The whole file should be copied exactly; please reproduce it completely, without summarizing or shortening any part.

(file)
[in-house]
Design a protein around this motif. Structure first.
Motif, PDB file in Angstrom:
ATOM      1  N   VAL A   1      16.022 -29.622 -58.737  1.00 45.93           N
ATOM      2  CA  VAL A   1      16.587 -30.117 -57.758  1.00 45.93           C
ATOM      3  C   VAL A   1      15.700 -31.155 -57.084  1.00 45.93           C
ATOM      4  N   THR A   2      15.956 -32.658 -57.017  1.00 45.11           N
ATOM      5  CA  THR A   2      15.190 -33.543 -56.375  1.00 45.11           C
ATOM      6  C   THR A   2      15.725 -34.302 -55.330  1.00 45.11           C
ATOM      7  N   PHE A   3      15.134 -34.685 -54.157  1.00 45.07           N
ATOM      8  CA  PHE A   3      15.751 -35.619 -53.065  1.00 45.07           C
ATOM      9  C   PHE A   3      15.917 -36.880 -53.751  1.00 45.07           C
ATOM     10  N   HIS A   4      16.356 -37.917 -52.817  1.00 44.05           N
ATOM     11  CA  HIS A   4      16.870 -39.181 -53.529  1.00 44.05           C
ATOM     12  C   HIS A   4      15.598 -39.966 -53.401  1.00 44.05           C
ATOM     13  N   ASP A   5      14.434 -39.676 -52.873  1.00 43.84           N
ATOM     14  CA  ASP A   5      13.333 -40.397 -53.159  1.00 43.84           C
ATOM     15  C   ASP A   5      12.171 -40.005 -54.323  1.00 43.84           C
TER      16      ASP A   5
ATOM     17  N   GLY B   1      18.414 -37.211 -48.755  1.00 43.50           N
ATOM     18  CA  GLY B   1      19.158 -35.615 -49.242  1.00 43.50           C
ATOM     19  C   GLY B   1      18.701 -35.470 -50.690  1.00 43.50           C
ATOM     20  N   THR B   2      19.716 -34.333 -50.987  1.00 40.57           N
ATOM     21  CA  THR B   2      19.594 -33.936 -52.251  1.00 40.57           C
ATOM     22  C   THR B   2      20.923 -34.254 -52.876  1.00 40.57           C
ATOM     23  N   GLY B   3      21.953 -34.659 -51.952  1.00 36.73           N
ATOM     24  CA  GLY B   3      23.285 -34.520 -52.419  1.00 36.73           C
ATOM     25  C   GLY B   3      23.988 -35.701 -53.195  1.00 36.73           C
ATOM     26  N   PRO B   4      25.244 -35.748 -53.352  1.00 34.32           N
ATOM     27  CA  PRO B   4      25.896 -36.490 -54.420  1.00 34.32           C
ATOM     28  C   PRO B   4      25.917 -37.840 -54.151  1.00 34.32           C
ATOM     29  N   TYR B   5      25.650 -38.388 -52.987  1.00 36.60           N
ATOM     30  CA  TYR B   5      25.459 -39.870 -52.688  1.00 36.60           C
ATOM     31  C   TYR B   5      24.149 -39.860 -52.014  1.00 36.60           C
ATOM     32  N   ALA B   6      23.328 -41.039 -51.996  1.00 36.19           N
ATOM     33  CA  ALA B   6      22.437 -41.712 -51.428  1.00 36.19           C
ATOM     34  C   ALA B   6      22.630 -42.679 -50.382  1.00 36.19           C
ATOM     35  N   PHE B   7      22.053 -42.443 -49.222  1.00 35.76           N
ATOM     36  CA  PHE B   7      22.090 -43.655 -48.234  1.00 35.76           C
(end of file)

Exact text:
[in-house]
Design a protein around this motif. Structure first.
Motif, PDB file in Angstrom:
ATOM      1  N   VAL A   1      16.022 -29.622 -58.737  1.00 45.93           N
ATOM      2  CA  VAL A   1      16.587 -30.117 -57.758  1.00 45.93           C
ATOM      3  C   VAL A   1      15.700 -31.155 -57.084  1.00 45.93           C
ATOM      4  N   THR A   2      15.956 -32.658 -57.017  1.00 45.11           N
ATOM      5  CA  THR A   2      15.190 -33.543 -56.375  1.00 45.11           C
ATOM      6  C   THR A   2      15.725 -34.302 -55.330  1.00 45.11           C
ATOM      7  N   PHE A   3      15.134 -34.685 -54.157  1.00 45.07           N
ATOM      8  CA  PHE A   3      15.751 -35.619 -53.065  1.00 45.07           C
ATOM      9  C   PHE A   3      15.917 -36.880 -53.751  1.00 45.07           C
ATOM     10  N   HIS A   4      16.356 -37.917 -52.817  1.00 44.05           N
ATOM     11  CA  HIS A   4      16.870 -39.181 -53.529  1.00 44.05           C
ATOM     12  C   HIS A   4      15.598 -39.966 -53.401  1.00 44.05           C
ATOM     13  N   ASP A   5      14.434 -39.676 -52.873  1.00 43.84           N
ATOM     14  CA  ASP A   5      13.333 -40.397 -53.159  1.00 43.84           C
ATOM     15  C   ASP A   5      12.171 -40.005 -54.323  1.00 43.84           C
TER      16      ASP A   5
ATOM     17  N   GLY B   1      18.414 -37.211 -48.755  1.00 43.50           N
ATOM     18  CA  GLY B   1      19.158 -35.615 -49.242  1.00 43.50           C
ATOM     19  C   GLY B   1      18.701 -35.470 -50.690  1.00 43.50           C
ATOM     20  N   THR B   2      19.716 -34.333 -50.987  1.00 40.57           N
ATOM     21  CA  THR B   2      19.594 -33.936 -52.251  1.00 40.57           C
ATOM     22  C   THR B   2      20.923 -34.254 -52.876  1.00 40.57           C
ATOM     23  N   GLY B   3      21.953 -34.659 -51.952  1.00 36.73           N
ATOM     24  CA  GLY B   3      23.285 -34.520 -52.419  1.00 36.73           C
ATOM     25  C   GLY B   3      23.988 -35.701 -53.195  1.00 36.73           C
ATOM     26  N   PRO B   4      25.244 -35.748 -53.352  1.00 34.32           N
ATOM     27  CA  PRO B   4      25.896 -36.490 -54.420  1.00 34.32           C
ATOM     28  C   PRO B   4      25.917 -37.840 -54.151  1.00 34.32           C
ATOM     29  N   TYR B   5      25.650 -38.388 -52.987  1.00 36.60           N
ATOM     30  CA  TYR B   5      25.459 -39.870 -52.688  1.00 36.60           C
ATOM     31  C   TYR B   5      24.149 -39.860 -52.014  1.00 36.60           C
ATOM     32  N   ALA B   6      23.328 -41.039 -51.996  1.00 36.19           N
ATOM     33  CA  ALA B   6      22.437 -41.712 -51.428  1.00 36.19           C
ATOM     34  C   ALA B   6      22.630 -42.679 -50.382  1.00 36.19           C
ATOM     35  N   PHE B   7      22.053 -42.443 -49.222  1.00 35.76           N
ATOM     36  CA  PHE B   7      22.090 -43.655 -48.234  1.00 35.76           C